Water insecurity is already presenting parts of the corporate world with serious challenges. Competition for scarce water resources is leading to business disruption, brand damage and the loss of operating licenses.
Following the launch of the latest CDP analysis on corporate actions in response to climate change, the underlying data sets, including the historic data, are now available for detailed academic analysis.
Standing in the midst of nearly half a million climate marchers in New York City this September, the largest march of its kind in history, a shared feeling of connectedness and positivity was heavy in the air. How well did Climate Week NYC and the UN Climate Summit last month respond to that sense of hope?
The European Council’s decision on the EU’s 2030 Climate and Energy Package will take place within days. Both Europe’s growth and competitiveness are crucial issues for EU Member States deciding on the policy framework, and the decision has consequences for not just Europe’s climate future, but for the potential of securing a robust global climate deal in Paris next year.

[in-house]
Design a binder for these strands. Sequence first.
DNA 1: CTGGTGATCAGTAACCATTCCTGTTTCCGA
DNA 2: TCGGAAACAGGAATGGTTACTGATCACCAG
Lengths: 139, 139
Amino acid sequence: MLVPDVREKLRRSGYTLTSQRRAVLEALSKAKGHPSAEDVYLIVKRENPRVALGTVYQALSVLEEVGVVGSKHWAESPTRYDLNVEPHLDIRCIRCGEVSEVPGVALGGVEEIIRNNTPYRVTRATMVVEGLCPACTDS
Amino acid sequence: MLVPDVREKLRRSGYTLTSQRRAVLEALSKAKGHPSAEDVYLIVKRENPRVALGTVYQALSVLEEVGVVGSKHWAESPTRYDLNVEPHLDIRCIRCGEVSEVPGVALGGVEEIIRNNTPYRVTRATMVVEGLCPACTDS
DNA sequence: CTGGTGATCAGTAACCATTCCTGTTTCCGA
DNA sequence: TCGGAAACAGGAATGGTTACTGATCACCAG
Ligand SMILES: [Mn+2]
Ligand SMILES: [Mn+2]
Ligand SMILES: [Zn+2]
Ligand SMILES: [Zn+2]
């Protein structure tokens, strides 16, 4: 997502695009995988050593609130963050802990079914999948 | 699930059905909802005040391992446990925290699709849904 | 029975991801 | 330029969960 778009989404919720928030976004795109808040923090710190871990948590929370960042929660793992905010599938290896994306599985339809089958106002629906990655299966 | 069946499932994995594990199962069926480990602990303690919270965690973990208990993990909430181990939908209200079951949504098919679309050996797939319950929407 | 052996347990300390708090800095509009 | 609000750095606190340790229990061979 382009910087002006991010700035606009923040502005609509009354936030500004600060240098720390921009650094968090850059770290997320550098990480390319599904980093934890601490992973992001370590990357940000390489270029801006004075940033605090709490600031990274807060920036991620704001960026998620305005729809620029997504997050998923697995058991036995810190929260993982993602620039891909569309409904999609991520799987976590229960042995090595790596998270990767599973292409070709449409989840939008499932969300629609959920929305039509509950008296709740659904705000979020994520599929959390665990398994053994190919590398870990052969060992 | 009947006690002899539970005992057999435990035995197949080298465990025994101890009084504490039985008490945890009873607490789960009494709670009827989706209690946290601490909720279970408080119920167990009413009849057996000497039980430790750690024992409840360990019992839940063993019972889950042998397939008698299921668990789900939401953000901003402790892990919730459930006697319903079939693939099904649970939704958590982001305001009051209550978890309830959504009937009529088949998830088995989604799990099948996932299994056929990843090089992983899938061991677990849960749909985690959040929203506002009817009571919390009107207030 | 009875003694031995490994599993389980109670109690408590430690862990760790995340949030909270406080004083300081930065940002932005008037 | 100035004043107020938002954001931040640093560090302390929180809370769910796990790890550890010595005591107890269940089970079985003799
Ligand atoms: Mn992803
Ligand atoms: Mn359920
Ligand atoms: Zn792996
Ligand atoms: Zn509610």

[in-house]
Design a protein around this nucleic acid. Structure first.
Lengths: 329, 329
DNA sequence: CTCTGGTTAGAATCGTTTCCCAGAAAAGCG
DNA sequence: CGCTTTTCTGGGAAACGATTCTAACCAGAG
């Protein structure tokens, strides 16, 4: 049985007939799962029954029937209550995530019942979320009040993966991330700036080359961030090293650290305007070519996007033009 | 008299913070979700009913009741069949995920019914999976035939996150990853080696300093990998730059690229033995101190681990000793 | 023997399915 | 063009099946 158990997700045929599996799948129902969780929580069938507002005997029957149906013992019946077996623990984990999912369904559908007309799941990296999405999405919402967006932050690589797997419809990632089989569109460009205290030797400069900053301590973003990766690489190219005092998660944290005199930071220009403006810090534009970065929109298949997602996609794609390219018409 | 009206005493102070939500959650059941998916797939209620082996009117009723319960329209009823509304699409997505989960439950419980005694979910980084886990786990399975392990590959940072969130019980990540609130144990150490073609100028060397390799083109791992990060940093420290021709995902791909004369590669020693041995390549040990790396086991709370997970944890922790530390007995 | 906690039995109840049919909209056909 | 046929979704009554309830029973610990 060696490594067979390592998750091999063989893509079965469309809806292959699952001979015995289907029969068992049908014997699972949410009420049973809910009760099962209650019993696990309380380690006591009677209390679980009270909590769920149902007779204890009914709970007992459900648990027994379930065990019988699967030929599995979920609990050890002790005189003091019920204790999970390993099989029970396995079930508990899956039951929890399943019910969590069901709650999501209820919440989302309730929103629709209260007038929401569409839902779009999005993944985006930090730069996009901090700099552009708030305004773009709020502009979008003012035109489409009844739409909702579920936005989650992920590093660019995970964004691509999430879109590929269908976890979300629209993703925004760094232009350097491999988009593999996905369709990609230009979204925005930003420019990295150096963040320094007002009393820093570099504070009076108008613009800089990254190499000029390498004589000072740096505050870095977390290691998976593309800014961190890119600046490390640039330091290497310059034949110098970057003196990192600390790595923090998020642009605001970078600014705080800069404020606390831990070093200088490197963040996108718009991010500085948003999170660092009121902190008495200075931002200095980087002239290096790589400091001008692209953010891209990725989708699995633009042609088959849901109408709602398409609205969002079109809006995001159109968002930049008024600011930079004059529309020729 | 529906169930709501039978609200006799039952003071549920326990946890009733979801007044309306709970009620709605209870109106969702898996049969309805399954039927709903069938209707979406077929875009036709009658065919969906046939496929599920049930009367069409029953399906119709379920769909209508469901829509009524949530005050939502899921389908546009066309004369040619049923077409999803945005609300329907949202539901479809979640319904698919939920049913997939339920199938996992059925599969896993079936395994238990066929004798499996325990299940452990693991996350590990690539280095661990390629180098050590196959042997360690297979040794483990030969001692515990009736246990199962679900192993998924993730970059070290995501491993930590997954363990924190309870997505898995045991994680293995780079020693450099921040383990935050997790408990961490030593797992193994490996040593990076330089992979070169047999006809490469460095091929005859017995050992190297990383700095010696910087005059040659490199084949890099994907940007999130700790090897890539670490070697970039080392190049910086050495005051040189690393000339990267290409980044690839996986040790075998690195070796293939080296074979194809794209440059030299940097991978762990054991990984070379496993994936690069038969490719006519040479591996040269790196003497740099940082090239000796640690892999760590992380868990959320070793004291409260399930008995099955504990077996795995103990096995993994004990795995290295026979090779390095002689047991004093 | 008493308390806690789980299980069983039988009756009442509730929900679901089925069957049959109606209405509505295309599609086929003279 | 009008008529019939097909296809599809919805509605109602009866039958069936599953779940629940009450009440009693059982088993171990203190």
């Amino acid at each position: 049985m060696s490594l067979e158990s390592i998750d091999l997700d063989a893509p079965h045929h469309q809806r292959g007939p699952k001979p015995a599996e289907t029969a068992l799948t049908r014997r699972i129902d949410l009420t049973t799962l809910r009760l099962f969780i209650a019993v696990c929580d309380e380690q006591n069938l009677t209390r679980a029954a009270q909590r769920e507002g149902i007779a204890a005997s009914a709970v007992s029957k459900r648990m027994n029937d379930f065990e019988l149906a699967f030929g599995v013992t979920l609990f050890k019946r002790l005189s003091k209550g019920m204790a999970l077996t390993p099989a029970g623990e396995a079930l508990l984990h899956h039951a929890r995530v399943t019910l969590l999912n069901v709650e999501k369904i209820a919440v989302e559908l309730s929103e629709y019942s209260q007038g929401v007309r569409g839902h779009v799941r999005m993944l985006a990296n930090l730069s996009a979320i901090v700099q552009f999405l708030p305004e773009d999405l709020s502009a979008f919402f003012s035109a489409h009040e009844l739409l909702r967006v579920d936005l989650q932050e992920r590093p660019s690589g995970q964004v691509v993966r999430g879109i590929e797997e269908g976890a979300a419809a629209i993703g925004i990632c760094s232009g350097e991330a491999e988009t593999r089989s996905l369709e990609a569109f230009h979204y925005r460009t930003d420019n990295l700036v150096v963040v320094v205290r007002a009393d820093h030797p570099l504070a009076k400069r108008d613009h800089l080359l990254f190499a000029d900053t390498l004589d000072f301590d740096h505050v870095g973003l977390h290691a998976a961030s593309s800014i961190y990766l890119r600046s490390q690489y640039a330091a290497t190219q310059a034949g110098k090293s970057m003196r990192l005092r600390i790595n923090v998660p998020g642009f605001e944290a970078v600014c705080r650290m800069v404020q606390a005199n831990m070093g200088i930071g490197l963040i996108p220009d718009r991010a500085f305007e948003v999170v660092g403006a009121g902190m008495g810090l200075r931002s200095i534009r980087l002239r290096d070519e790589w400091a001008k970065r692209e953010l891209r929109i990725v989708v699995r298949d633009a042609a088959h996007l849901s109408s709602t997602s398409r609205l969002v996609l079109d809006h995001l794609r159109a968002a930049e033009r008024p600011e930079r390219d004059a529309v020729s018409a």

New guidance on corporate target-setting means businesses can now reduce their carbon emissions in line with climate science.
This year’s Climate Week in New York saw many exciting new developments, but one in particular marks a new opportunity for regional governments all over the world to demonstrate their contribution to tackling climate change.
A new guide for corporate water disclosure
With the impacts from water being increasingly felt, businesses are fundamentally changing the way they address this important resource. The proliferation of different water assessment tools and frameworks for water risk has also grown in tandem with this increased business awareness.
As world leaders gathered in New York on 23 September at the UN Climate Summit to pledge action on tackling climate change, cities too have stepped up to demonstrate their critical role in cutting global greenhouse gas emissions.
A global Compact of Mayors, announced by UN Secretary-General’s Special Envoy for Cities and Climate Change Michael Bloomberg, will bring together more than 2,000 cities committing to undertake a transparent approach to reduce city-level emissions and vulnerability.
Ahead of the United Nation’s historic Climate Summit on September 23, some of the world’s most influential companies have endorsed six key initiatives that demonstrate their commitment to a robust global climate deal in Paris next year.